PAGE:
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Themes and Colors
Blindness vs. Sight Theme Icon
Natural Law Theme Icon
Citizenship vs. Family Loyalty Theme Icon
Civil Disobedience Theme Icon
Fate vs. Free Will Theme Icon
LitCharts assigns a color and icon to each theme in Antigone, which you can use to track the themes throughout the work.
Civil Disobedience Theme Icon

Creon says that the laws enacted by the leader of the city "must be obeyed, large and small, / right and wrong." In other words, Creon is arguing that the law is the basis for justice, so there can be no such thing as an unjust law. Antigone, on the other hand, believes that there are unjust laws, and that she has a moral duty to disobey a law that contradicts what she thinks is right. This is particularly the case when the law of the city contradicts the customs of the people and the traditional laws of the gods. Antigone's decision not to follow Creon's decree against giving Polynices a proper burial is therefore an example of civil disobedience, or a refusal to obey the law on moral grounds.

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Civil Disobedience ThemeTracker

The ThemeTracker below shows where, and to what degree, the theme of Civil Disobedience appears in each section of Antigone. Click or tap on any chapter to read its Summary & Analysis.
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Civil Disobedience Quotes in Antigone

Below you will find the important quotes in Antigone related to the theme of Civil Disobedience.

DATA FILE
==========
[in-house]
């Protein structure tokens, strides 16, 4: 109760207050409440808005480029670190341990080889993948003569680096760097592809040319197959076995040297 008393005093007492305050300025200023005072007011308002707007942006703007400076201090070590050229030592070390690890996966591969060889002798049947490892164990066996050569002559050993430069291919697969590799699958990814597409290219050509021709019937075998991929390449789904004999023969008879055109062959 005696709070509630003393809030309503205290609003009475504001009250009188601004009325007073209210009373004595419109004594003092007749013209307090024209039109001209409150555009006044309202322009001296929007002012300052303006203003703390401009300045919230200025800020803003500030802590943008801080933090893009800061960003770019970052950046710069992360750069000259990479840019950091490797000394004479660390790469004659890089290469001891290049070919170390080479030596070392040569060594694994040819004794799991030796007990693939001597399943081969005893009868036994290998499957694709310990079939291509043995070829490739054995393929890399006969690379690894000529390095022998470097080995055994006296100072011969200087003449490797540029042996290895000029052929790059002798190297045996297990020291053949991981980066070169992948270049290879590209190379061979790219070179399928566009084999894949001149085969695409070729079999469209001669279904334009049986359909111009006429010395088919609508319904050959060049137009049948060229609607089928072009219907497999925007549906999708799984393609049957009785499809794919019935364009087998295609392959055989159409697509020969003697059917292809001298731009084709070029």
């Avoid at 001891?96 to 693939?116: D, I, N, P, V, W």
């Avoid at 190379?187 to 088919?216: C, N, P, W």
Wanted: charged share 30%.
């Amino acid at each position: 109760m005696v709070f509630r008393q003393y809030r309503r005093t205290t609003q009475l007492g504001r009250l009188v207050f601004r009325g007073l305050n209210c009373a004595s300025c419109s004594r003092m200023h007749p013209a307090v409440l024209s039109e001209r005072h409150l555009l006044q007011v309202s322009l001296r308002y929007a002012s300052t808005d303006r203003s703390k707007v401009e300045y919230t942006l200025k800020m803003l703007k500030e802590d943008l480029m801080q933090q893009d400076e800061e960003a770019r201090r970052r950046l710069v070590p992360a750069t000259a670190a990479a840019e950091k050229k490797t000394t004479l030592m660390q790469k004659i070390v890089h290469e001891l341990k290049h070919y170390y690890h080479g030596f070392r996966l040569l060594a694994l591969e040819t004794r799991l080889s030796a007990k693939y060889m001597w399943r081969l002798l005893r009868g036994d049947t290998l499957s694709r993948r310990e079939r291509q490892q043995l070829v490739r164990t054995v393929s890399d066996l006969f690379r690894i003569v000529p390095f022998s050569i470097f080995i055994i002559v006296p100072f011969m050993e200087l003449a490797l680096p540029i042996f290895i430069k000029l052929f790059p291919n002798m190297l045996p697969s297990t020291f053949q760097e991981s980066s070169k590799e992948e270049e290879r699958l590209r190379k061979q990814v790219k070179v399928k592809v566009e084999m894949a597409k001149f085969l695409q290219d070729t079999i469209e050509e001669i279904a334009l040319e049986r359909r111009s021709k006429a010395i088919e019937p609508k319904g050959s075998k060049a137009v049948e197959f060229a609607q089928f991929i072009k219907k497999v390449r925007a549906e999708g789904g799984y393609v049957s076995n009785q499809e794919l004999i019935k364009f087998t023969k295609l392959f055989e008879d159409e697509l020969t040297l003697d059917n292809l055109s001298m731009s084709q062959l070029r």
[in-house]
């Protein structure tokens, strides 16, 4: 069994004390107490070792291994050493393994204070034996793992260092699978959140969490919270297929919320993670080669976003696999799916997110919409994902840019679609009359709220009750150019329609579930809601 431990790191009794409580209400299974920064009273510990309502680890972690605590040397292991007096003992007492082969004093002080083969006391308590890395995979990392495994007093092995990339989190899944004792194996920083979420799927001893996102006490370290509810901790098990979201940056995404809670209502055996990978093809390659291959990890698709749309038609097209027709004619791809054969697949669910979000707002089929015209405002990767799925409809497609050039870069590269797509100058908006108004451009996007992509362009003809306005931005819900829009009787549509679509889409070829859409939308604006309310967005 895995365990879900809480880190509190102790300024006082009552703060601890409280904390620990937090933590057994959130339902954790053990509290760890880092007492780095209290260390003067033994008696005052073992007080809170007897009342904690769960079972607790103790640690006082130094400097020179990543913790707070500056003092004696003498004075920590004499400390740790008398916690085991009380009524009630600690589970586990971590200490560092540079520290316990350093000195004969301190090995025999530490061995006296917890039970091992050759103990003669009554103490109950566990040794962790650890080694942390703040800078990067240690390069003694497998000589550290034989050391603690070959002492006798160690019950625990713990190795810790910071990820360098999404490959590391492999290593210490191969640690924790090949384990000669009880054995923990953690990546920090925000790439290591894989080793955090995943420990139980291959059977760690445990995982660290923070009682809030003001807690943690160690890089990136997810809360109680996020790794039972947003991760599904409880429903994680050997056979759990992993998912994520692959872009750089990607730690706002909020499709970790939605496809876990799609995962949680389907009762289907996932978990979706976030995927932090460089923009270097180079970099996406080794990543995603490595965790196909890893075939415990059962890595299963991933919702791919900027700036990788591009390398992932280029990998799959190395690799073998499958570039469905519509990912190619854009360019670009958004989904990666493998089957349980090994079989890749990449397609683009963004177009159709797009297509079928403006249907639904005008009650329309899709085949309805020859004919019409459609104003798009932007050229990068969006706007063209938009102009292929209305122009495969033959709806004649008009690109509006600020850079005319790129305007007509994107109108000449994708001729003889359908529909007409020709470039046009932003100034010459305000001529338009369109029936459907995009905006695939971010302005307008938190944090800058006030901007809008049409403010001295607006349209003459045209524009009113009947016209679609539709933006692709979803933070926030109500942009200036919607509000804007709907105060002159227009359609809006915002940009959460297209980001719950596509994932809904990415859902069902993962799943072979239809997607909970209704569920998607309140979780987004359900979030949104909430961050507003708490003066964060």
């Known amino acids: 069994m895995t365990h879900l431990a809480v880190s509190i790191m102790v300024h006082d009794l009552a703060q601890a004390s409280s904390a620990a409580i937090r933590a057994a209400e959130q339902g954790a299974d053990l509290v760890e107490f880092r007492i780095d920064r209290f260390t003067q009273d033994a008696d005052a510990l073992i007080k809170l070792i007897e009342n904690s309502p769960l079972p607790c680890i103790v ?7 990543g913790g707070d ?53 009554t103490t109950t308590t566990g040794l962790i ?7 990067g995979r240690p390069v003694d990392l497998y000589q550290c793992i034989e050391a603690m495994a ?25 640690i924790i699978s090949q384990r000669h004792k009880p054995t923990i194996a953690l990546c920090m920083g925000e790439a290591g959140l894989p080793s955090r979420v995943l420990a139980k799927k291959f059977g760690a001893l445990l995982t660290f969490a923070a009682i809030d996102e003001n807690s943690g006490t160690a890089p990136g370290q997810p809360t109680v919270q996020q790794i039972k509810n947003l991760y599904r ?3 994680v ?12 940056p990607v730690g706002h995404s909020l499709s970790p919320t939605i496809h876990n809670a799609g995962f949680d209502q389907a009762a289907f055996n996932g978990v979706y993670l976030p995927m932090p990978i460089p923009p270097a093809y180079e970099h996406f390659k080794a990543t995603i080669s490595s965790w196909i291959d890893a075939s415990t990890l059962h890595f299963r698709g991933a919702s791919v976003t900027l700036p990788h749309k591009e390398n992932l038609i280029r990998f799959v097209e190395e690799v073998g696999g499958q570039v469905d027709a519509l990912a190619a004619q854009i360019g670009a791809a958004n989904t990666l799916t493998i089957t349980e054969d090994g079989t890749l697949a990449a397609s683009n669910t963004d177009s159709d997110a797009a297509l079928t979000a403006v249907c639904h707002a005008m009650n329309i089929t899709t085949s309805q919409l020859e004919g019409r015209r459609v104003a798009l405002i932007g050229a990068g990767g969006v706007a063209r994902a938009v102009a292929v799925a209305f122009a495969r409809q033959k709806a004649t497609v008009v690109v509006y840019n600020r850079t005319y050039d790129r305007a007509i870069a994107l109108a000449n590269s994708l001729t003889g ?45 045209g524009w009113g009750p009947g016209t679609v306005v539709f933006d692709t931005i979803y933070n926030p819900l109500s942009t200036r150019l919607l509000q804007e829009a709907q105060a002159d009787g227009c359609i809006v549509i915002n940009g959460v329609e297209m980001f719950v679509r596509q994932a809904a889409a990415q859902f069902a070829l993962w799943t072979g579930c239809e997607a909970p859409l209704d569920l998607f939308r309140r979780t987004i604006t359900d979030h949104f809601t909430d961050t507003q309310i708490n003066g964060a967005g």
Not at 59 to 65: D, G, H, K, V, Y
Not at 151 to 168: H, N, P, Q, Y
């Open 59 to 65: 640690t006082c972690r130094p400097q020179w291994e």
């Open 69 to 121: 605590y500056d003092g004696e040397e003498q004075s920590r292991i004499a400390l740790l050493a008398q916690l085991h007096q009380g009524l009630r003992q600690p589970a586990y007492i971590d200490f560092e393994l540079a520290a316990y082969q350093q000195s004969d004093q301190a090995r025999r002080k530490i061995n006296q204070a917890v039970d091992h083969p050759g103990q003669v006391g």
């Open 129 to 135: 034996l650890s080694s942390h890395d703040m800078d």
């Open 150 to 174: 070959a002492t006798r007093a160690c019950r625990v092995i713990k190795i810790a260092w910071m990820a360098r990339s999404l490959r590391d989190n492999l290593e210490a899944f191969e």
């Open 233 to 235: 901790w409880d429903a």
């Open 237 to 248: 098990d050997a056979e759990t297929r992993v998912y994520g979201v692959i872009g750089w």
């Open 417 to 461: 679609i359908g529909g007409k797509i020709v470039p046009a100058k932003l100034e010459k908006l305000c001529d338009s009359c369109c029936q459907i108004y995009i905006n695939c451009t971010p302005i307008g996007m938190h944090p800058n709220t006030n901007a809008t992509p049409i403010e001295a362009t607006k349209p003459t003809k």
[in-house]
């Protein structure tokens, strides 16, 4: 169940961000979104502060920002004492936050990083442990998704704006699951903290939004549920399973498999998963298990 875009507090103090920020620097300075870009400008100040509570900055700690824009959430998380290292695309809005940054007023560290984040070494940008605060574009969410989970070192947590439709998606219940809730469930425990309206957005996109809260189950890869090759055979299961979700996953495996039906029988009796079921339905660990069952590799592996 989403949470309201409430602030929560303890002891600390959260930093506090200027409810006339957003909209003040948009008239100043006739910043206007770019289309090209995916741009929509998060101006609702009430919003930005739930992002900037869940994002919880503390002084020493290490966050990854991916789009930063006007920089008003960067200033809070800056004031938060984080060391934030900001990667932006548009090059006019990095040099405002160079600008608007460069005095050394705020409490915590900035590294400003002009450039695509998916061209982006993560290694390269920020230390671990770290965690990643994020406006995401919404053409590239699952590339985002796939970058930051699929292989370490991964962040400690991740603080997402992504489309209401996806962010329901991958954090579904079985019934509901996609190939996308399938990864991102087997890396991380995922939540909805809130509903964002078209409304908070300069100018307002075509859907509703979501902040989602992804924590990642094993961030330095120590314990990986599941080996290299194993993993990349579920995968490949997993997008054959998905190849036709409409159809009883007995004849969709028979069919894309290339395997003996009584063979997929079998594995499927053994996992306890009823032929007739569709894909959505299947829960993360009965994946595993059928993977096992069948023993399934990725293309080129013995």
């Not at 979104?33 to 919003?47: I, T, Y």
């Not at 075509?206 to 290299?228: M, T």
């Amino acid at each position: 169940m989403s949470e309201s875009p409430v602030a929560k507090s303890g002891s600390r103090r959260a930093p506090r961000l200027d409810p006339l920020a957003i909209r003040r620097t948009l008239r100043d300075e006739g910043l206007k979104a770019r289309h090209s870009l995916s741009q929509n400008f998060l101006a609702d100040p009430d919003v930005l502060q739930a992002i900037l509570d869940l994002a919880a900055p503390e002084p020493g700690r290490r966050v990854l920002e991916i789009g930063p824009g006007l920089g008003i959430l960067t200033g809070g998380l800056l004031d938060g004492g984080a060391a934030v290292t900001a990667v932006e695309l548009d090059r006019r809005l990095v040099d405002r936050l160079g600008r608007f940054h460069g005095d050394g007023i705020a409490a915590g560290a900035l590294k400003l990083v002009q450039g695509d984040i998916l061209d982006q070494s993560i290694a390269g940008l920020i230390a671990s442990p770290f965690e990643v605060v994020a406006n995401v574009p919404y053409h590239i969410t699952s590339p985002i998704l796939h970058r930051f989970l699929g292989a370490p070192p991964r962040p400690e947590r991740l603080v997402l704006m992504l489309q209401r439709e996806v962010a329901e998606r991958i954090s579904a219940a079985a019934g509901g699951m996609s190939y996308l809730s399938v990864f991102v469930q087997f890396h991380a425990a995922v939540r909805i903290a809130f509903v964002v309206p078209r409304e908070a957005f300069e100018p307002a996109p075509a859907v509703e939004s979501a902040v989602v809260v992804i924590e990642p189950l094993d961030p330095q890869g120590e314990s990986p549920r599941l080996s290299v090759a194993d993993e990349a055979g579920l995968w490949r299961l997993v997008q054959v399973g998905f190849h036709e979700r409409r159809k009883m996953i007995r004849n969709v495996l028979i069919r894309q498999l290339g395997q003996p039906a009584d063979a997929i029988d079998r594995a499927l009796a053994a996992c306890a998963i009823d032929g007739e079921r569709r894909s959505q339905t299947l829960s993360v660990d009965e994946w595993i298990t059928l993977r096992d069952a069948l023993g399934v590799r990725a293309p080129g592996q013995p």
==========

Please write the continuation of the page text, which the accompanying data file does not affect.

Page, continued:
Lines 1-416 Quotes
I have longer
to please the dead than please the living here:
in the kingdom down below I'll lie forever.
Related Characters: Antigone (speaker)
Page Number: 88-90
Explanation and Analysis:

Antigone and Ismene have discussed the grief they feel as a result of the death of their two brothers, Polynices and Eteocles, who killed each other in battle. Antigone has announced that she plans to give Polynices proper burial rites, despite the fact that her uncle Creon, the king of Thebes, has forbidden it and decreed that any person who attempts to do so will be killed. Ismene is shocked and frightened by her sister's words, and says she hopes the dead will forgive her, but she won't defy Creon. Antigone replies that honoring the dead is more important than the living, as life is only brief and temporary, whereas death lasts forever. 

Antigone's words highlight the way in which the Ancient Greek belief in the afterlife could cause a conflicting sense of duty to the world of the gods versus the state. While Creon's status as King of Thebes means he has supreme authority in the world of the living, Antigone reminds her sister that this authority is ephemeral in comparison to the eternal power of the gods. Furthermore, Antigone's choice of words suggests she does not fear death; indeed, this lack of fear is arguably what allows her to behave so courageously over the course of the play. Note that Antigone views morality as an act of "pleasing," suggesting that the imperative to act in an ethical manner is less a matter of individual agency and more submission to the laws that the gods have determined. 


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I will suffer
nothing as great as death without glory.
Related Characters: Antigone (speaker)